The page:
So thats my story.  Have you faced similar issues?  How did you deal with them?  Did you feel you were adequately supported?  please let me know, I would really like to hear your story.

When commenting on WordPress is a bad idea!

I came across a really interesting  and useful piece of advice today.  Unfortunately for me it came about 18 hours too late!  The advice came in the form of a post from Opinionated Man.  The advice “Your audience is not your friend”.

I have been writing this blog for a few months now and for the most part it has been a really positive experience.  I am getting a reasonable number of hits on my site and the numbers of people commenting and following my blog is slowly growing. I have just followed the Writing 101 and Blogging 101 courses as I firmly believe that you can always learn something new and there was always the chance that I would gain a bit of inspiration.  As these courses drew to a close we were encouraged to reach out to other bloggers to help build our networks.

In my reader I searched for topics that interested me and hit upon a post criticising Western Governments for committing funds to rebuild Gaza after what was described as Israel’s ‘Defensive War against Hamas’.  Now most commentators worldwide have roundly condemned Israel’s recent actions and I made what I thought was a balanced and measured comment on the blog. I should have looked a little more deeply before commenting and admittedly I should have known better.  The writer you see identifies themselves as an Israeli activist and the tone of the posts made it unlikely in the extreme that the writer would engage in a conversation that disagreed in any way with the posters views.  As a result I was subjected to a torrent of thinly veiled abuse, accused of being anti-semitic and ill educated.

This was my first negative experience with a member of the WordPress community.  It’s not something I want to repeat :/  I most certainly echo Opinionated Man’s advice.  You should of course reach out to other bloggers, but do check the tone of a blog before commenting on subjects that are controversial and likely to provoke strong reactions. If in doubt either do not comment or be prepared for a bad reaction.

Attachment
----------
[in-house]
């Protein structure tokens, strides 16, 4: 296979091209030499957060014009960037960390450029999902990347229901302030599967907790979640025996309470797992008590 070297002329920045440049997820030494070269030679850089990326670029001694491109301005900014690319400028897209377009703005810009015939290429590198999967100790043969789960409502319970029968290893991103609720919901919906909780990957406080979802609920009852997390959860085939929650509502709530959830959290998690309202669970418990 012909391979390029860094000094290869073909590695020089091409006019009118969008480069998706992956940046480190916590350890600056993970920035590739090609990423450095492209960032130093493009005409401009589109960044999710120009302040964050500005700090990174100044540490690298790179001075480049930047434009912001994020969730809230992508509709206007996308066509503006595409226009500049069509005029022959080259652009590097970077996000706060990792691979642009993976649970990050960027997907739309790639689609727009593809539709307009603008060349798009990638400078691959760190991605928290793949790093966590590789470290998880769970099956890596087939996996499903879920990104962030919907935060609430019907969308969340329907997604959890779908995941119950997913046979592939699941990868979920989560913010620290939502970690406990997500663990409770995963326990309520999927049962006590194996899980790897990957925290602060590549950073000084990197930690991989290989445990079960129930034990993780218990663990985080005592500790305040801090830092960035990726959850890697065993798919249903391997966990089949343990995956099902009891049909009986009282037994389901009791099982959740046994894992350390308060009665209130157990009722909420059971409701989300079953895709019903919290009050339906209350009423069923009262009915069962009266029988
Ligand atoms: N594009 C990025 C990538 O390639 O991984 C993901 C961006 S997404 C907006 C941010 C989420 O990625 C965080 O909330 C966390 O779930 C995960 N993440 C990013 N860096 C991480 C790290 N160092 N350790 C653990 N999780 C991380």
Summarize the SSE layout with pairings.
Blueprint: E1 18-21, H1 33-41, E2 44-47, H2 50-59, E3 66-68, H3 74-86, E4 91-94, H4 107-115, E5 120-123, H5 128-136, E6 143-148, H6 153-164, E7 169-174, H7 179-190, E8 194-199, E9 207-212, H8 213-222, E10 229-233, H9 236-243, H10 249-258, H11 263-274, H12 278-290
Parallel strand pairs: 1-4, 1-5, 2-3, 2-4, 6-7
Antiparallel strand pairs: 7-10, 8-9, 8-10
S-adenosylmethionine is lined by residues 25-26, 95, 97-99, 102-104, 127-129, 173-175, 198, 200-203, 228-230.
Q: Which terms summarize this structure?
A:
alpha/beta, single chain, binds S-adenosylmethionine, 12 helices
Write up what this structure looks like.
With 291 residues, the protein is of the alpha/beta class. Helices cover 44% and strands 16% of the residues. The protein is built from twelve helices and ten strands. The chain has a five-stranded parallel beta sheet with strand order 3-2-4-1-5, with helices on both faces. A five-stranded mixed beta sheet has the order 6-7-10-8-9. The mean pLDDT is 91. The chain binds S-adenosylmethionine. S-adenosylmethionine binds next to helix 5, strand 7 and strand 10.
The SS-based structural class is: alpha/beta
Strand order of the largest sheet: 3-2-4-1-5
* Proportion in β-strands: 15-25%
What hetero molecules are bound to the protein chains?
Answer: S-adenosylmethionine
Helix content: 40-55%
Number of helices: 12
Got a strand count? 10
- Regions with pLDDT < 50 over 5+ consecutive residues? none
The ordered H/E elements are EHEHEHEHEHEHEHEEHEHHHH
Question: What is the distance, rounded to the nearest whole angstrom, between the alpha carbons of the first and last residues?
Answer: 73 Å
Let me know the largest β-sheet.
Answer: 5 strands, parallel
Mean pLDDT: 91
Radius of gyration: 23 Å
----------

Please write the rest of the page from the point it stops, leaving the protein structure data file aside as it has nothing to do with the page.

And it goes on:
On WordPress as in life you live and learn 🙂

Why we are bombing Iraq & Syria

Why we’re bombing Iraq and Syria: Statement by Barack Obama and David Cameron clears up any confusion

As told to Audrey Bailey.

You may be confused about why we are bombing Iraq and Syria. So we will make ourselves very clear.

We support the Iraqi government in the fight against ISIS.

We don’t like ISIS, but ISIS has been supported by Saudi Arabia, whom we do like, and Saudi Arabia is now supporting us in bombing ISIS.

We don’t like President Assad in Syria. We support the fight against him, but not ISIS, which is also fighting against him.

We don’t like Iran, but Iran supports the Iraqi government against ISIS.

So some of our friends support our enemies and some of our enemies are our friends, and some of our enemies are fighting against our other enemies whom we want to lose, but we don’t want our enemies who are fighting our enemies to win.